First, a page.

Tang Dynasty Teacher Resources
Find Tang Dynasty educational ideas and activities
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Students read facts about The Tang Dynasty in China and answer short answer questions about it. Students complete 4 short answer questions.
Over the course of the lesson, your pupils read and analyze a translated eight-line poem from the Tang Dynasty written by Du Fu, a poet caught behind enemy lines during the An Lu-Shan rebellion (755-763). Literary/historical context is provided, along with 14 discussion questions, and a text-to-self connection journal prompt. Guidance for collaborative groups to analyze point of view and literary devices in the text, and templates to develop a storyboard version of the text are included. Finally, each class member composes his or her own poem about a condition changed. Use the activities detailed here as part of a unit on Tang Dynasty China, types of poetry, or with any thematic unit about change.
Students contrast and compare the definition of beauty in Tang dynasty China with that of America today in this high school Social Studies lesson. The lesson concludes with a small group activity.
Finish off a unit on Medieval China with a creative scroll project. Learners must incorporate everything they have learned about the Tang or Song dynasty into a literati scroll. The requirements are clearly laid out as to what must be included, but the fun comes in how they choose to showcase it. They can paint, use calligraphy, or write poetry in a way that shows what they know. Multiple handouts are included.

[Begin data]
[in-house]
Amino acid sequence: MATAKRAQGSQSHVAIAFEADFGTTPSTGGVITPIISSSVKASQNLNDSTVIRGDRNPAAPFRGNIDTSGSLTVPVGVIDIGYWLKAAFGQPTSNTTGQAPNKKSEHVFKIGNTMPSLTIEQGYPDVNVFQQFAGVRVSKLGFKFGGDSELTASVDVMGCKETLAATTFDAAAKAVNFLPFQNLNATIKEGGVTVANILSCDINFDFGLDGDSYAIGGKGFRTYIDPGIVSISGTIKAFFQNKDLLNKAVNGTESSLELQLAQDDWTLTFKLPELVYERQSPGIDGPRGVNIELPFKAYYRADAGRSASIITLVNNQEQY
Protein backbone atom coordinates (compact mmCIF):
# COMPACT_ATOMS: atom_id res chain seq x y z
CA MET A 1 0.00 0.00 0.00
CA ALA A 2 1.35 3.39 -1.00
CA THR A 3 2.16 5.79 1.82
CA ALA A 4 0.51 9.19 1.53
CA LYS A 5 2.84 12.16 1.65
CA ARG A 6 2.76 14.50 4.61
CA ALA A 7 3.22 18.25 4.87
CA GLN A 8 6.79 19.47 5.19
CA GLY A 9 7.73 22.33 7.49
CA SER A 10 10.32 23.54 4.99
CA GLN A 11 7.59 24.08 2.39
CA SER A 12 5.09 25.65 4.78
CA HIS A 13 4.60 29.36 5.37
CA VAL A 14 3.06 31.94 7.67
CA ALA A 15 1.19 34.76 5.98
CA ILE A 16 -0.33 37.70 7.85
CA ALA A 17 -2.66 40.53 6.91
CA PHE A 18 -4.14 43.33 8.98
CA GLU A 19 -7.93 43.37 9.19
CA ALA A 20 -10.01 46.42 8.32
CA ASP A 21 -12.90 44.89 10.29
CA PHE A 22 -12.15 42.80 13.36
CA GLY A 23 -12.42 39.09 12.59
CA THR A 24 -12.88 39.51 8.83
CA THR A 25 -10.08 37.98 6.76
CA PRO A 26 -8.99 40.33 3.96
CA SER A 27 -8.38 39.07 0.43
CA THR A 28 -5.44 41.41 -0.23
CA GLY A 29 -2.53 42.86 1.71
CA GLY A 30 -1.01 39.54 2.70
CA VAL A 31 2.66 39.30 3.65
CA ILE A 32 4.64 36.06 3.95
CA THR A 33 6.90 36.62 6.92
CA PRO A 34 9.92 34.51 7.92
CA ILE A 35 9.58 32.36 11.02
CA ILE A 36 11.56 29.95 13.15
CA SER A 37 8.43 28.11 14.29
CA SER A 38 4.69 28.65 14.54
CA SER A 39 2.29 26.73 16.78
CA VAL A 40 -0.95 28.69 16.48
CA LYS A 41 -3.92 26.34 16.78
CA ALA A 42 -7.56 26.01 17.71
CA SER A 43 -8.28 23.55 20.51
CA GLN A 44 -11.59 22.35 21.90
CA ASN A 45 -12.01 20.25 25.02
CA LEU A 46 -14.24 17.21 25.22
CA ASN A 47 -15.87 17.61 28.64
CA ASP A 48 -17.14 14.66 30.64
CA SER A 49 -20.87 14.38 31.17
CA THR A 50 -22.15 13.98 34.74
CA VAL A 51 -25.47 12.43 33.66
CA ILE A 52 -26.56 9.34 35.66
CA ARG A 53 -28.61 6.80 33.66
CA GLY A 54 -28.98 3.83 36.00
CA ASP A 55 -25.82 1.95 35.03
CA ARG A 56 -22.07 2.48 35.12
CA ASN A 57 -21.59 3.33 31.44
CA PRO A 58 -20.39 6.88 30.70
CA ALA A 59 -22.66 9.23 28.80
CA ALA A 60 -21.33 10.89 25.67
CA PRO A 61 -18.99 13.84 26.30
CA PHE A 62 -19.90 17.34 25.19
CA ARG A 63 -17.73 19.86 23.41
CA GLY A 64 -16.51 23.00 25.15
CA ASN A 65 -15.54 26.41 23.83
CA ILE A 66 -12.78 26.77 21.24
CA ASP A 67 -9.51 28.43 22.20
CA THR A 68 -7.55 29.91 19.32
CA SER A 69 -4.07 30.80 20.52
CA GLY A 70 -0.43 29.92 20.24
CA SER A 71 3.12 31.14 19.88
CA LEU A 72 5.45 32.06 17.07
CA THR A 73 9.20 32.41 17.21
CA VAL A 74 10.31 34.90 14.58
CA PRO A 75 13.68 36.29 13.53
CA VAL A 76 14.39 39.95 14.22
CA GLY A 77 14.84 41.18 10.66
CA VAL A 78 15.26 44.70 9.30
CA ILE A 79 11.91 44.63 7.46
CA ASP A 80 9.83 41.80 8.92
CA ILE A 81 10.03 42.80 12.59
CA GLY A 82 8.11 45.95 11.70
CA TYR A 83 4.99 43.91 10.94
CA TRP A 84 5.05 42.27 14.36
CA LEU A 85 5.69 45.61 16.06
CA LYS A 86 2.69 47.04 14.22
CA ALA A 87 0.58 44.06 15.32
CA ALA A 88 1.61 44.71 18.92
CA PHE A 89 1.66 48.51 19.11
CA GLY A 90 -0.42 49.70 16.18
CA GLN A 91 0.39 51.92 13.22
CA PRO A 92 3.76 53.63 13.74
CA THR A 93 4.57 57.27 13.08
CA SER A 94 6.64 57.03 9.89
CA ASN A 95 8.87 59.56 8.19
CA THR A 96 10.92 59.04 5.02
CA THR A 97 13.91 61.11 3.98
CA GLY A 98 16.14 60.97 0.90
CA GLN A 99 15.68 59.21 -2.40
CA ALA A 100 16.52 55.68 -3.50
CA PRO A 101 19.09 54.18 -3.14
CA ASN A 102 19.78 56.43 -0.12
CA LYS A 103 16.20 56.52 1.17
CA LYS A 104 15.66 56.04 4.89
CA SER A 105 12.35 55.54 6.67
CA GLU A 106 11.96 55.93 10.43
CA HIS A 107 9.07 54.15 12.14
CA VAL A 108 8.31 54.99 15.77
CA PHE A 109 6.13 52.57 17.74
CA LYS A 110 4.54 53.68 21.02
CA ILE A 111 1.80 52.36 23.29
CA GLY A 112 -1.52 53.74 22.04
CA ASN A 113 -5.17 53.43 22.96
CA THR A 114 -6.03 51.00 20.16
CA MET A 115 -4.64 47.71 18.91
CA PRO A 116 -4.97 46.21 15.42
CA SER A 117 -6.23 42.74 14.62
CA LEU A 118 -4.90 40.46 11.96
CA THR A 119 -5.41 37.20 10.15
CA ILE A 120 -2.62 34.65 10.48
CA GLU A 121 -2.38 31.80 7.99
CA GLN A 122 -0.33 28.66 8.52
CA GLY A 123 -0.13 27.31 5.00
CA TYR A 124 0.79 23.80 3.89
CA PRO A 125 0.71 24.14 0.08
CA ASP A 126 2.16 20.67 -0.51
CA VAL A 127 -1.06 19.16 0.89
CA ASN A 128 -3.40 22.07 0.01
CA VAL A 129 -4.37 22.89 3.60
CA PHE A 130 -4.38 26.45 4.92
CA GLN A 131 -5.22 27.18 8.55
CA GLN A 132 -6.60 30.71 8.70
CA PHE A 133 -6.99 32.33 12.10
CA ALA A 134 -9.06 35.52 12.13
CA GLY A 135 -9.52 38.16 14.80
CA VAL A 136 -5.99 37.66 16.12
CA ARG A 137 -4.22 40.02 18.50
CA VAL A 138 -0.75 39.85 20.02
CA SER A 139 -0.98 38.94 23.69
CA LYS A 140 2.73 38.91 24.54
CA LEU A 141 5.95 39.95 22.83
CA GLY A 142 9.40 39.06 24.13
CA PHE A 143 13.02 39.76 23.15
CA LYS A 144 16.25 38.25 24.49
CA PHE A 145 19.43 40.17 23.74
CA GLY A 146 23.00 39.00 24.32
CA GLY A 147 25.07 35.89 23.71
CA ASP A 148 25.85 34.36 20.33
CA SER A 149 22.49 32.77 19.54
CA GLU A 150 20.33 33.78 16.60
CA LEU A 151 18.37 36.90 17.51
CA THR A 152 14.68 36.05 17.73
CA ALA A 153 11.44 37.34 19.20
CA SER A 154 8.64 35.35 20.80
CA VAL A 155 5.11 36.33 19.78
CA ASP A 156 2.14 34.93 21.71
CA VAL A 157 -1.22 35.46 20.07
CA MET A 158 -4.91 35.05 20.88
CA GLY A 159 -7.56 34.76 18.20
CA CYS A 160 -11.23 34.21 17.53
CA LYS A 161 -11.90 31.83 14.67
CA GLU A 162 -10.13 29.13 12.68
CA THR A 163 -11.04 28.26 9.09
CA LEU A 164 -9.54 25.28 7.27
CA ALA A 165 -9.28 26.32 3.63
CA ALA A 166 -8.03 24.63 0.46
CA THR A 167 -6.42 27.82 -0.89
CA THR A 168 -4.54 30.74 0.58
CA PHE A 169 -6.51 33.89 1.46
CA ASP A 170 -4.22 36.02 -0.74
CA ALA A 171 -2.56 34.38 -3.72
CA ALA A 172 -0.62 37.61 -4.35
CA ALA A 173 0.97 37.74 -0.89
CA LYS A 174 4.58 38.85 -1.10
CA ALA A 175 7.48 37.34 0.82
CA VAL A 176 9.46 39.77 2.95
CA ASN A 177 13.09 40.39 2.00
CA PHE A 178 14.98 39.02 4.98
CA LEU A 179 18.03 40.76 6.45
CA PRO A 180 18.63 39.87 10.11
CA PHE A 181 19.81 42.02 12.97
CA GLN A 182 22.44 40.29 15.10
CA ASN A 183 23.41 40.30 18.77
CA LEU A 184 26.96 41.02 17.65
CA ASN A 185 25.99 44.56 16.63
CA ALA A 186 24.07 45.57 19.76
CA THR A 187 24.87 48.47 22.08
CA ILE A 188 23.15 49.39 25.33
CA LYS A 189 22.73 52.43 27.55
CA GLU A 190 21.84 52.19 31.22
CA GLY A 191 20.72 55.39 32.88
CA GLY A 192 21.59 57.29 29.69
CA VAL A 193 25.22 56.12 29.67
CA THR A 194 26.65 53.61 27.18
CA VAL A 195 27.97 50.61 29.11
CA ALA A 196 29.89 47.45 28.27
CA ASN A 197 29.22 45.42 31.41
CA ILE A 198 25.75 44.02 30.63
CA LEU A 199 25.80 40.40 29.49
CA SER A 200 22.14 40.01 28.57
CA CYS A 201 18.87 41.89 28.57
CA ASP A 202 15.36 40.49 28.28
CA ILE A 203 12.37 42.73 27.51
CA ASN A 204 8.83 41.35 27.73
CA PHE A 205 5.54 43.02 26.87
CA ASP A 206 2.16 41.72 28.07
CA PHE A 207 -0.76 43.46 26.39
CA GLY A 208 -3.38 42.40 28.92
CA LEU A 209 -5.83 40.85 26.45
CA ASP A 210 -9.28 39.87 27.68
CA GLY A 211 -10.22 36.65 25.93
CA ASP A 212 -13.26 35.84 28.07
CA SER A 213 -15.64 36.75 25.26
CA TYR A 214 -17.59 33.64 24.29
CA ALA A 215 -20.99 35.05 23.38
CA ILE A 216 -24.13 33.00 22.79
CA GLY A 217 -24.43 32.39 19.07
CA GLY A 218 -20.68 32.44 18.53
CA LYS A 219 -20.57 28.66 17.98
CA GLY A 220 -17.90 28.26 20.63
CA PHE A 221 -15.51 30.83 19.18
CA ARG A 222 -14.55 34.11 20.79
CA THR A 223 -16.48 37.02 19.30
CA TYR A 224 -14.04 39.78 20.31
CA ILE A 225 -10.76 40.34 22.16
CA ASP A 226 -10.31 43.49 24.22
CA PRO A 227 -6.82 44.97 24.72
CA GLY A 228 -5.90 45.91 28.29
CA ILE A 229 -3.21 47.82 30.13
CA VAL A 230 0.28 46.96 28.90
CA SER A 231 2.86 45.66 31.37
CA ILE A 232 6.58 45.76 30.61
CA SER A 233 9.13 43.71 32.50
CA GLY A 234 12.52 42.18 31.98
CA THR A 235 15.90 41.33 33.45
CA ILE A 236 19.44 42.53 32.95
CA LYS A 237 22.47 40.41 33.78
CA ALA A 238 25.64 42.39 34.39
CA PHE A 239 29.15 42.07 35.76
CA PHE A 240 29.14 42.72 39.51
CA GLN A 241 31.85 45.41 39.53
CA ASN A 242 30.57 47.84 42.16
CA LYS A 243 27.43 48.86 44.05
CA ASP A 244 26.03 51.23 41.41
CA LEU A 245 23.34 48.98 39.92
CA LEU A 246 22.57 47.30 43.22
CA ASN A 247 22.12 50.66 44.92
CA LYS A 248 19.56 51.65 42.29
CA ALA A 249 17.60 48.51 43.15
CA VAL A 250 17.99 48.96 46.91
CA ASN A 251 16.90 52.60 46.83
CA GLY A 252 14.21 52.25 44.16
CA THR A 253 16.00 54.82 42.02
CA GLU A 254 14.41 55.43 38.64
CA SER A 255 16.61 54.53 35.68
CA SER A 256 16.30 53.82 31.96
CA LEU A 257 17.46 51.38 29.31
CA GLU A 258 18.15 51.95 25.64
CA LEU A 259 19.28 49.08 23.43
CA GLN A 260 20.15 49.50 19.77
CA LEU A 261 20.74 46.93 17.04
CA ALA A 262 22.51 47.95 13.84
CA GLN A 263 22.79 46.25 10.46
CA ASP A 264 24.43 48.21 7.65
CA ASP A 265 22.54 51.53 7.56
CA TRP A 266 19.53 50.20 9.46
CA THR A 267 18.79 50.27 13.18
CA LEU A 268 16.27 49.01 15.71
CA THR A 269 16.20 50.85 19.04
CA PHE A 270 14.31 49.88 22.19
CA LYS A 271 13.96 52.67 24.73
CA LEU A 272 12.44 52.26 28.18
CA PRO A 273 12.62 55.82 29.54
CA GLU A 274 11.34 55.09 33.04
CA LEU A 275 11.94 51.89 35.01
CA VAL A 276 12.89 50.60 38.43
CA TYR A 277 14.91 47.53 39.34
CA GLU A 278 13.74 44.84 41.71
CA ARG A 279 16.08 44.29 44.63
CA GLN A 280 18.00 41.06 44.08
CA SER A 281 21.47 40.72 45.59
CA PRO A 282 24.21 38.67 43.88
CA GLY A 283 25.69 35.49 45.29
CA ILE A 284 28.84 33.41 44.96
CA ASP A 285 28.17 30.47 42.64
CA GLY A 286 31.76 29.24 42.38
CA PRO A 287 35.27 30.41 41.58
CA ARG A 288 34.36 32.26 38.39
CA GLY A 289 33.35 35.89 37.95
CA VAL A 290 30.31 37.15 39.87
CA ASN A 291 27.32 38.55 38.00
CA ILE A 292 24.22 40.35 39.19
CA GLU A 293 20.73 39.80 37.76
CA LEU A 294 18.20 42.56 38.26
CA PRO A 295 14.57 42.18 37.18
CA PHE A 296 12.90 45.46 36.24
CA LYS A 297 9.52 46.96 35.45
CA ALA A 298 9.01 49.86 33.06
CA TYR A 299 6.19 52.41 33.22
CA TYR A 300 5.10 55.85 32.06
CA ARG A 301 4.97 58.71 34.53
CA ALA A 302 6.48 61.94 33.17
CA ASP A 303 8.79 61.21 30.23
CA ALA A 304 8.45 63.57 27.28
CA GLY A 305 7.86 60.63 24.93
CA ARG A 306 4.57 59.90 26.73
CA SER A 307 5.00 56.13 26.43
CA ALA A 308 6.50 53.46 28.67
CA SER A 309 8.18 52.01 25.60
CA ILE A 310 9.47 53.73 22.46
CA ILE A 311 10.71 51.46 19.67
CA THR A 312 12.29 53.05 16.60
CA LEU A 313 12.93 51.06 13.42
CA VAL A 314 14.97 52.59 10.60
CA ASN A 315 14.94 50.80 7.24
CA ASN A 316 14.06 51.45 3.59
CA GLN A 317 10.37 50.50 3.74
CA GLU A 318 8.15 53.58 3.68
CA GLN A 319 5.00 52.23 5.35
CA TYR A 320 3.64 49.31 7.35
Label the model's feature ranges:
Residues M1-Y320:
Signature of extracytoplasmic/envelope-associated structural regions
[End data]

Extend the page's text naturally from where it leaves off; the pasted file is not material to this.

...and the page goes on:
For use alongside a full lesson or as a guided reading questions, this worksheet provides 3 short answer questions for consideration. Learners think about why the Tang Dynasty was considered a golden age, the role women played during that period, and how China remained isolated and connected to other regions.
Fourth graders label the countries that border China and the physical features of Asia. They discuss the physical features of Asia and label them on the other map.
Tenth graders compare and contrast the Tang and Song dynasties of China. In this world history lesson, 10th graders explore the major accomplishments of the Tang and Song dynasties as they complete a Venn diagram following a lecture.
Students create a fan-shaped story screen that explains 4 major points surrounding various facts, myths, expressions, or story elements in Chinese history, culture and/or literature.
Fifth graders explore the Tang dynasty. In this history and art lesson, 5th graders identify customs, dress, and social caste systems during the Tang Dynasty. Students also create art using tangrams.
High schoolers identify and evaluate Korea's role in inventions in Asia. In this Korean Invention lesson, students complete a chart of innovations and discuss where they are from. High schoolers read about Korean inventions and complete a chart. Students discuss their findings and create a timeline of Korean inventions.
Students examine the role of women in Ancient China. In this Chinese history lesson, students analyze Ancient Tang Dynasty Poems regarding marriage and women in China.